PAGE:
On the subject of wealth derived from colonies, Mr Spence makes one of the oddest concessions which we ever recollect to have met with. He admits, that if the greater part of our colonial produce were sold with a profit to other nations, and if this profit were drawn either in gold or silver, or in any other wealth, into the mother country, we should then gain an accession of wealth *.' This, the reader will see, for we quote the author's words, is merely an expression of Mr Spence's opinion, that gold or silver, or any other wealth, is better than colonial produce. Now we really think that this is a question which should be left to the choice and taste of the public; and as we have great reason, from experience, to expect, that, if they were left at liberty, they would employ the gold or silver, or other wealth acquired in the way proposed by Mir Spence, inthe purchase of colonial produce, we really cannot see what great accession of wealth could be derived from this very roundabout mode of getting at what they want.
VOL. XI. NO. 22.
* Page 85.
The cultivation of the West India islands, however, by British capital, on account probably of the strong resemblance which it occasions between an English, and West Indian landlord, seems, in a slight degree, to have staggered Mr Spence; and on this subject, he does not appear to us to speak quite in his usual high tone. But as soon as he looks towards the East, all his confidence returns, and he exultingly exclaims, No one will pretend that the tea, &c. which we import from it, are raised by British capital; and consequently every one must admit, that whatever may be the profit of the East India Company on the articles they import, the whole of it is drawn from the consumers of these articles, and therefore that the dividends of the East India proprietors, are a mere transfer from the pockets of the community to them.'*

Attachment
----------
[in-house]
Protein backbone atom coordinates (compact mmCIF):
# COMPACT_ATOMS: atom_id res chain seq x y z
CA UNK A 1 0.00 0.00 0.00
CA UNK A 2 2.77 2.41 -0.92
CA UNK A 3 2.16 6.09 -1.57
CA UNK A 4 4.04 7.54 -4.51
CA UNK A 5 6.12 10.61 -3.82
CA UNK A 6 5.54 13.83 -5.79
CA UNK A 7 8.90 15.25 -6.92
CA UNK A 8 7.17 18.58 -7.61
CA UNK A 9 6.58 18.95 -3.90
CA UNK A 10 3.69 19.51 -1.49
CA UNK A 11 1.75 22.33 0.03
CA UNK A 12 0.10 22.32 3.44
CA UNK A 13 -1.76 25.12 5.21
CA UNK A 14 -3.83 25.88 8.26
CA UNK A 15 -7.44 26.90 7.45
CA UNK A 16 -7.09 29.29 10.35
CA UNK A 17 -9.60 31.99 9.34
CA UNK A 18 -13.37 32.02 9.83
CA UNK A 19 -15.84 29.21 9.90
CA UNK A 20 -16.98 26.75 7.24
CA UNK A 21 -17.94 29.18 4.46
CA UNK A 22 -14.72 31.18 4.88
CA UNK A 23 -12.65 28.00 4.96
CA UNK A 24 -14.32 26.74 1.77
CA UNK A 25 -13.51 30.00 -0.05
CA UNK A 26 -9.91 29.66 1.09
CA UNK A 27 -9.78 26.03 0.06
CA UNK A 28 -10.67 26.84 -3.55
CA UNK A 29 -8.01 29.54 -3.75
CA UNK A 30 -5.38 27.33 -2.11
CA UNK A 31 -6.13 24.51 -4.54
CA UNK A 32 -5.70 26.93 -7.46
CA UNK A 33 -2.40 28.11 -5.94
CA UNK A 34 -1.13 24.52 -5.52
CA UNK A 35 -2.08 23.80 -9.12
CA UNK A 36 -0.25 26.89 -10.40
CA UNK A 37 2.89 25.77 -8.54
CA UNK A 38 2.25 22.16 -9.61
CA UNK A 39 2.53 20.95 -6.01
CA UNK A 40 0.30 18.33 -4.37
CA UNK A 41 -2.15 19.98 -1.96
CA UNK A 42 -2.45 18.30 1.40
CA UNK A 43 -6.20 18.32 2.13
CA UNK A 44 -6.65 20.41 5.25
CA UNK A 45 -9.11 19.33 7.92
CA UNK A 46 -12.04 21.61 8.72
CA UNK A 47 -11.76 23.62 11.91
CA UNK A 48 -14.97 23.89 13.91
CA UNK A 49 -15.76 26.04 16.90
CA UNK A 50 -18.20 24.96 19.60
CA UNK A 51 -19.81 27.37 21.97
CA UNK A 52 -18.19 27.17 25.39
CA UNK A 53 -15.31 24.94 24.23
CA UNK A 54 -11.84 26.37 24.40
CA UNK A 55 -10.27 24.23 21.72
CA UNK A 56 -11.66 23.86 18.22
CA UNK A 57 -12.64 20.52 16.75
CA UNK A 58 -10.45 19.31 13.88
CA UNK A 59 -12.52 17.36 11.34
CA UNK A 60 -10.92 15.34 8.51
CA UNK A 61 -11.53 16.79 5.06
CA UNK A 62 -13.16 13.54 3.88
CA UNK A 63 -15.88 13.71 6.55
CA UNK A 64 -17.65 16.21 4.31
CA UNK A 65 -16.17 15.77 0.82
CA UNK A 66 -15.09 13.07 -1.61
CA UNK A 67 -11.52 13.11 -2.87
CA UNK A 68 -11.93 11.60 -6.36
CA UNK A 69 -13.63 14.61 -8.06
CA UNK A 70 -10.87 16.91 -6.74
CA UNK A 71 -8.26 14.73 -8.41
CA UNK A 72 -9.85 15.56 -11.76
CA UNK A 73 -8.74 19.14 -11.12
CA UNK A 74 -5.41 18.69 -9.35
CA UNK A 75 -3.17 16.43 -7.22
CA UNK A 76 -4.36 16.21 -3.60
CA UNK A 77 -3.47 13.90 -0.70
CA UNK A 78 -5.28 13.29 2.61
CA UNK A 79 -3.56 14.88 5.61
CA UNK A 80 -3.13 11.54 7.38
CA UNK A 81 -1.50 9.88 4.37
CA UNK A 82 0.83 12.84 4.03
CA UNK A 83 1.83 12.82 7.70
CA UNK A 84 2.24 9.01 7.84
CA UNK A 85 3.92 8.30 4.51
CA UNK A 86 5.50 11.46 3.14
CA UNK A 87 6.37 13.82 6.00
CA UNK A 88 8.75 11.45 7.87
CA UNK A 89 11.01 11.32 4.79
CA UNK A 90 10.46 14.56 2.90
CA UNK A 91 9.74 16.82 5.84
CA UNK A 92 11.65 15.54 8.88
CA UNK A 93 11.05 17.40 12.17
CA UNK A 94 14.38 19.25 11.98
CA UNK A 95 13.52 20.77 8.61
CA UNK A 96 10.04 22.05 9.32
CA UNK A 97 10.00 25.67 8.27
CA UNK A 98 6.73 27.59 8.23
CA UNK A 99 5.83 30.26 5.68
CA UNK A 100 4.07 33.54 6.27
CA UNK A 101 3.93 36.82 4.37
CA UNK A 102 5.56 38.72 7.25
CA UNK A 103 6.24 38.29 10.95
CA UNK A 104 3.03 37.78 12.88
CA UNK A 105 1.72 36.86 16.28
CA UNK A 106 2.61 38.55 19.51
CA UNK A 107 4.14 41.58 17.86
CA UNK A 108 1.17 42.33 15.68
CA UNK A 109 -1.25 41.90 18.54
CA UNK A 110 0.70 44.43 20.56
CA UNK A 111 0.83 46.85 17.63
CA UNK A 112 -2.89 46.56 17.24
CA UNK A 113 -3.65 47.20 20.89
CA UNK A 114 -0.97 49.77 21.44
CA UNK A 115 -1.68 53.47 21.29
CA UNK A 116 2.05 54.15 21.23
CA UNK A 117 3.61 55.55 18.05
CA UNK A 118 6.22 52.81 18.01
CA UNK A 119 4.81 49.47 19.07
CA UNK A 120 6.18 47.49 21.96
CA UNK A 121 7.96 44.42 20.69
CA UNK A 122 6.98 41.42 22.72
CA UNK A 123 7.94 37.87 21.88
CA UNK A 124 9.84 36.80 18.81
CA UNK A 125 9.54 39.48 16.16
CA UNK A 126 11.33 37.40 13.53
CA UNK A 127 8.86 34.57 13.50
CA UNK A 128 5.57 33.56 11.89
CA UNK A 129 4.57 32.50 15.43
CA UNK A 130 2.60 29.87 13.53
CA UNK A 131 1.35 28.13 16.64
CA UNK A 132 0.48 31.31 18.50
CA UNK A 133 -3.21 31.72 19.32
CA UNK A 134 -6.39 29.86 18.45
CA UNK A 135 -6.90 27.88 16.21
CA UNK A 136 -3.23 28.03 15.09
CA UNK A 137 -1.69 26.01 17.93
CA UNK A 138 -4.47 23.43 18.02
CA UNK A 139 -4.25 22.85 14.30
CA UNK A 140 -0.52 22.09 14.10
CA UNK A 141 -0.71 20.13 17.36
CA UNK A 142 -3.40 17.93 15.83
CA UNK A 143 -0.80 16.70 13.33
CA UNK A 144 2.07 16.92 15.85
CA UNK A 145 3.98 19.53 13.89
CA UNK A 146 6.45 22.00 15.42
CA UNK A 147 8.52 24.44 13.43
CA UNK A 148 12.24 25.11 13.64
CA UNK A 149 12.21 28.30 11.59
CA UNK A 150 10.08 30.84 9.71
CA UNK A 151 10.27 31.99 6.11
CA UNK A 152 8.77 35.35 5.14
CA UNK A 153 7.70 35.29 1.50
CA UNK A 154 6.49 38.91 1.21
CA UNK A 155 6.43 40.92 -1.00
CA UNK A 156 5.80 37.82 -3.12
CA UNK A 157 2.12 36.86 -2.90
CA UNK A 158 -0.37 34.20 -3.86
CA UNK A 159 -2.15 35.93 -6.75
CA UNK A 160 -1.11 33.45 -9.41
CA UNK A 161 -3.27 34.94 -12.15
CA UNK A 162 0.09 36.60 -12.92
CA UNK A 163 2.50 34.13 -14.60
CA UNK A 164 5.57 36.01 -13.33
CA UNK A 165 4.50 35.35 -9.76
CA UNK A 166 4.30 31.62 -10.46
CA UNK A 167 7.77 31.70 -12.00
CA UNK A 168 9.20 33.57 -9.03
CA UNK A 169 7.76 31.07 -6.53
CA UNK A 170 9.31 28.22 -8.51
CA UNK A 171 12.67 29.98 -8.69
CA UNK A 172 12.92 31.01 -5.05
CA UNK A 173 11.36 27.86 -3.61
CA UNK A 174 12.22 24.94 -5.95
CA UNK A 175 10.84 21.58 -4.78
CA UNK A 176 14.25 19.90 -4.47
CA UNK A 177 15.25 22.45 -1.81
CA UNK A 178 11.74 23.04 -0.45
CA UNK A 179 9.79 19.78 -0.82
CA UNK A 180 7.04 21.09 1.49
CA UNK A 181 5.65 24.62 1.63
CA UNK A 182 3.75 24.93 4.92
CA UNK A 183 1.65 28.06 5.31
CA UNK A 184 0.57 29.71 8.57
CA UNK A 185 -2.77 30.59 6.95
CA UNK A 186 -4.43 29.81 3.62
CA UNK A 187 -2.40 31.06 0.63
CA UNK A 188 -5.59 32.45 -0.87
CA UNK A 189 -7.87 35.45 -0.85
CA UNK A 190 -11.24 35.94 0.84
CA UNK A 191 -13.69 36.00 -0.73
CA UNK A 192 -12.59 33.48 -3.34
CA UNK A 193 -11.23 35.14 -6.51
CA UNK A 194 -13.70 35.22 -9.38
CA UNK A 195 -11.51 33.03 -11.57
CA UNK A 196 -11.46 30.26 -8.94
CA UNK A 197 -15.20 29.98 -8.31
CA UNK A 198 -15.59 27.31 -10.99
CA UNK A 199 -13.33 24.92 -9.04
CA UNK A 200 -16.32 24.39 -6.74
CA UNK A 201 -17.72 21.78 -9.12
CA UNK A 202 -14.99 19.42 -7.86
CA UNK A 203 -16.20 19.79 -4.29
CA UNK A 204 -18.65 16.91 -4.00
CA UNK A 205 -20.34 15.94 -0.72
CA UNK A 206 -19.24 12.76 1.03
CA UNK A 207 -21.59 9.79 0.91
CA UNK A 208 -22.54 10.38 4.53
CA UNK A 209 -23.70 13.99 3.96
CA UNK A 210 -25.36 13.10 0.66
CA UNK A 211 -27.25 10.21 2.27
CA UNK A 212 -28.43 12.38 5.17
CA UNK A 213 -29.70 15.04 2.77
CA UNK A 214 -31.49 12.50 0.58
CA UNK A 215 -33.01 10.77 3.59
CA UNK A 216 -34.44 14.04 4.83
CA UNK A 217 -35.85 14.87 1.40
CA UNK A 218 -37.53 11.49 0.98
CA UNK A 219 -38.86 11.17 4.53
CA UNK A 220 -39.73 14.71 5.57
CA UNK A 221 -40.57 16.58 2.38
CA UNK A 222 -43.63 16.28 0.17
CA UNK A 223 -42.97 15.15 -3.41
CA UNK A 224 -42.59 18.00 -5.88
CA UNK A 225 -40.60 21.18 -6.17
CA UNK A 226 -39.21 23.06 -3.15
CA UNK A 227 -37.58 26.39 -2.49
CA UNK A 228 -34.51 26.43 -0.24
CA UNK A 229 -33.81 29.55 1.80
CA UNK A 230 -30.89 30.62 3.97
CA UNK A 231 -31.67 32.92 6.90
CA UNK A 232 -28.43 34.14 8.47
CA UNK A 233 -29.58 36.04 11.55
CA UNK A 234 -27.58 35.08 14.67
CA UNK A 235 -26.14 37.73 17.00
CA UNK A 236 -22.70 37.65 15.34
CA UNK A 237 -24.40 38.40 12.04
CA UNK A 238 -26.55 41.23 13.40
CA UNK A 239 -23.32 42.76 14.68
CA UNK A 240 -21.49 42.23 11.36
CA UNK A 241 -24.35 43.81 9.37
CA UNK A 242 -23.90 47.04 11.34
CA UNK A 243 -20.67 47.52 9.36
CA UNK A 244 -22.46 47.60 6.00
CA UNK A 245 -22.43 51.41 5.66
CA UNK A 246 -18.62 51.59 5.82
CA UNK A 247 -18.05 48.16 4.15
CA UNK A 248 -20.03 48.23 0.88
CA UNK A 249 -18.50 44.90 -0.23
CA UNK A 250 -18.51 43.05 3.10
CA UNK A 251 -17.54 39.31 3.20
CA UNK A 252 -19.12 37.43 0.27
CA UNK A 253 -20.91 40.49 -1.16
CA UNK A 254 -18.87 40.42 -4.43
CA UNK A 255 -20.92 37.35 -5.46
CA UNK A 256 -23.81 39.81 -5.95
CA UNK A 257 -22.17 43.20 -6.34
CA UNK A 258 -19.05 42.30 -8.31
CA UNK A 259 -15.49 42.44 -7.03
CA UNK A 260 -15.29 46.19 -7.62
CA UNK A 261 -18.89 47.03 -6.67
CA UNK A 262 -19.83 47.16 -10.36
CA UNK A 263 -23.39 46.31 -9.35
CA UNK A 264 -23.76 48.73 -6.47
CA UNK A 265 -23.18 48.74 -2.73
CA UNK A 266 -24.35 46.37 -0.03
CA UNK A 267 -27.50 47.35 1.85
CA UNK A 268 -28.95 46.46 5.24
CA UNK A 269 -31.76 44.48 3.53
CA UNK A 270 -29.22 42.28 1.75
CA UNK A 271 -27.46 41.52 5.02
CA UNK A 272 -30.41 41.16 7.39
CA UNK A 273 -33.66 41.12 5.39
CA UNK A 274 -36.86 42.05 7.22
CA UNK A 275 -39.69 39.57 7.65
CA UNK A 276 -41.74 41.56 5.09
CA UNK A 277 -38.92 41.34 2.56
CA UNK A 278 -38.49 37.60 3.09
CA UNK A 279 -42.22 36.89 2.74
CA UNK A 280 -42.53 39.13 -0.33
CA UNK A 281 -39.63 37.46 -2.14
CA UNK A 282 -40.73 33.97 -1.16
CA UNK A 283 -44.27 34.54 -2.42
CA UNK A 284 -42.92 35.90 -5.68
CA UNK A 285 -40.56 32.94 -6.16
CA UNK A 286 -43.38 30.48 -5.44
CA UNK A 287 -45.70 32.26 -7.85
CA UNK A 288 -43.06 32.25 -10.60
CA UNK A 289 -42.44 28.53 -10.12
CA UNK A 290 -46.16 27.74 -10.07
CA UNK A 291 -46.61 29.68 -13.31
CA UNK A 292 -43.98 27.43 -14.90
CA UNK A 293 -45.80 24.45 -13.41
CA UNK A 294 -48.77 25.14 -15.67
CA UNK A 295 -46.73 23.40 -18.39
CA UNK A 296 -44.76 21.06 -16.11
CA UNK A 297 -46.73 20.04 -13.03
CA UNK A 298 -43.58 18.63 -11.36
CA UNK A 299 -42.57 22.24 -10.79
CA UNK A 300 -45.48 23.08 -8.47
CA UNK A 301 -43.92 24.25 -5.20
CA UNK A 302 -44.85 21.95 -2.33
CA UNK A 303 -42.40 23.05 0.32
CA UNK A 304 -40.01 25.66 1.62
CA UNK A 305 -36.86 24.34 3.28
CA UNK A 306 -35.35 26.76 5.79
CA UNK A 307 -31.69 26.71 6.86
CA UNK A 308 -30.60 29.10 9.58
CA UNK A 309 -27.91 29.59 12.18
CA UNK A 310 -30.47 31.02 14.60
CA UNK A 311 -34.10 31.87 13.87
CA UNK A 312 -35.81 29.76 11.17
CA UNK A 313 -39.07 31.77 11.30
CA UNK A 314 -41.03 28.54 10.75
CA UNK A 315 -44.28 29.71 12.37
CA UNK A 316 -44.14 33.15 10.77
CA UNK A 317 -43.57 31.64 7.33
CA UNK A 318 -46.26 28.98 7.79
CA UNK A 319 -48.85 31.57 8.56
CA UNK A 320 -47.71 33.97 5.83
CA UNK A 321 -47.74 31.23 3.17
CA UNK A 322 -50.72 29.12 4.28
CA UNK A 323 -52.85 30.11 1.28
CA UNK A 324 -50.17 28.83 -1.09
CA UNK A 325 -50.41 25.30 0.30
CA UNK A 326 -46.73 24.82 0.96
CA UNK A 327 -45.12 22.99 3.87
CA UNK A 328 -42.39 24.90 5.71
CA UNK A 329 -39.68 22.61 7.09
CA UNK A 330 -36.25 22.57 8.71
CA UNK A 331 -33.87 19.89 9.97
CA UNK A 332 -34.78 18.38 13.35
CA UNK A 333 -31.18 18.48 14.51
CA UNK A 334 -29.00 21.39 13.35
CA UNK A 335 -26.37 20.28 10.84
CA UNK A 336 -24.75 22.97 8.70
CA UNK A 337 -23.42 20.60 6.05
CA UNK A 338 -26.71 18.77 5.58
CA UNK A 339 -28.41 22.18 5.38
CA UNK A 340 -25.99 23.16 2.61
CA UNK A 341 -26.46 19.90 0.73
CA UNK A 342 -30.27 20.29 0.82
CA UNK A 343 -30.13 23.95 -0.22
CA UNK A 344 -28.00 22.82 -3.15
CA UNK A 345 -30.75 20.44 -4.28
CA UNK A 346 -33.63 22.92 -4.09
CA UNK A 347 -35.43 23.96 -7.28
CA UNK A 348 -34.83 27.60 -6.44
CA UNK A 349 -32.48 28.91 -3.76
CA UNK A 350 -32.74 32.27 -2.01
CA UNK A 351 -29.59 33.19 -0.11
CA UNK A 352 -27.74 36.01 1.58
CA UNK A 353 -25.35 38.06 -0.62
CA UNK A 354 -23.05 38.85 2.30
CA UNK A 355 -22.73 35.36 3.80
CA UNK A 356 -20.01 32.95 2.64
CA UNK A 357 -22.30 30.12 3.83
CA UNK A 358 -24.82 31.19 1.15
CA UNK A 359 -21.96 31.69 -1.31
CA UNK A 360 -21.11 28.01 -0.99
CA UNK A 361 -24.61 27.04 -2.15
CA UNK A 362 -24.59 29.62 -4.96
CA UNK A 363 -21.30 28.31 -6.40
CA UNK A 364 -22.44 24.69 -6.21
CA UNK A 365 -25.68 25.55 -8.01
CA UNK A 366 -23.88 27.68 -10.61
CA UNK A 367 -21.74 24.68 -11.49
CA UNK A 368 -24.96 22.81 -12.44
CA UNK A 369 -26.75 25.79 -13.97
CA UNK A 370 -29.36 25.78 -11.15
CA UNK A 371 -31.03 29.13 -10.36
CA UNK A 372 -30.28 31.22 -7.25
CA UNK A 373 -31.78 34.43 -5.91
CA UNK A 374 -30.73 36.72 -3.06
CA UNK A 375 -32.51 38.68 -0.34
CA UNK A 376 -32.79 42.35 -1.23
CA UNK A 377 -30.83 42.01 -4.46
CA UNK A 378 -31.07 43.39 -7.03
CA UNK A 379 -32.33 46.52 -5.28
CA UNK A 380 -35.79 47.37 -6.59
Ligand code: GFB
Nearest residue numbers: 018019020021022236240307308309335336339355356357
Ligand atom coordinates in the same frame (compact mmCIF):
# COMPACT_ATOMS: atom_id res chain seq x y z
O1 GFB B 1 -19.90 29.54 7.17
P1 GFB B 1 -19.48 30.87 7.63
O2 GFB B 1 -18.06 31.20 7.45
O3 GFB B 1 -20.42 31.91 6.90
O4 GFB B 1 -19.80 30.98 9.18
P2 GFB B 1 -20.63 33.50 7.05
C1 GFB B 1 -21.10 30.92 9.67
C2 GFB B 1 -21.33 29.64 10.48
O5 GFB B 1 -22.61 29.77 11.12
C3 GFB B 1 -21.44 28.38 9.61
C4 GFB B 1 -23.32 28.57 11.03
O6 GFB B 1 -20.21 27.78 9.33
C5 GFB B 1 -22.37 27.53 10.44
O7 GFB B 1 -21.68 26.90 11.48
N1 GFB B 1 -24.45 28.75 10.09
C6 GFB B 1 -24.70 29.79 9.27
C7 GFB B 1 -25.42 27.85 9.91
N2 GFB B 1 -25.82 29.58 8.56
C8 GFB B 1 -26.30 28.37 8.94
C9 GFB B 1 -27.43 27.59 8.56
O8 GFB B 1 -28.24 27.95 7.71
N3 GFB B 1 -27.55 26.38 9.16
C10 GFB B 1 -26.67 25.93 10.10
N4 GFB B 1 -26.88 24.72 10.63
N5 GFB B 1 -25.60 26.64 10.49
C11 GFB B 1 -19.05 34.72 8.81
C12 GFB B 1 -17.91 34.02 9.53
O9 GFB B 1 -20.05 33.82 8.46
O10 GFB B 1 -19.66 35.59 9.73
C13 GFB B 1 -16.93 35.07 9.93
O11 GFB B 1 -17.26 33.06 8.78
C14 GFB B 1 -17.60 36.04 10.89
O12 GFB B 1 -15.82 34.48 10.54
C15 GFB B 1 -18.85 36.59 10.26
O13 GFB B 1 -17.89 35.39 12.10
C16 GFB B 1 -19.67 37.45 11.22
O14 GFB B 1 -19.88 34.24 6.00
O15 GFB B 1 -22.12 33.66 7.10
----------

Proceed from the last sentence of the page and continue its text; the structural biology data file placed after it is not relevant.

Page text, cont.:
The first part of this observation we are by no means disposed to controvert. We are far from, pretending, that the produce of the East is raised by British capital; but this acknowledgement, instead of detracting from the wealth we derive from India, appears to us to increase the net amount of it. A certain number of gentlemen and ladies living in Great Britain, however strange it may appear at first sight, are in fact territorial sovereigns of a very large part of India. A portion of this territorial revenue, their servants and factors in the East invest in Indian and Chinese goods, to an amount which, in the estimation of the people of Great Britain, is equal to from six to ten millions: and, that their real value in London, whatever they might have cost in the East, is this, is clearly evinced by the voluntary offer of English coin,. English bank notes, or English goods, to this amount, which is made to obtain them, It is allowed, that very little, comparatively, is sent out to India; that the balance consequently is prodigious; and if this great balance, flowing in to the country in the shape of consumable commodities, be not an accession to the national wealth, all our ideas on these subjects are at once confounded, and we must go to school again. We would willingly take lessons in political economy, even from Mr Spence, if he would write a little consistently, and in a manner to produce conviction; but, unfortunately, when we attempt to begin his publication again, we stumble upon his definition of wealth, and are at once bewildered in our attempts to reconcile his present assertion, that a great accession of Indian and Chinese goods does not increase the riches of a nation, with a definition of wealth, which makes it consist in the abundance of those things which man usually considers as valuable.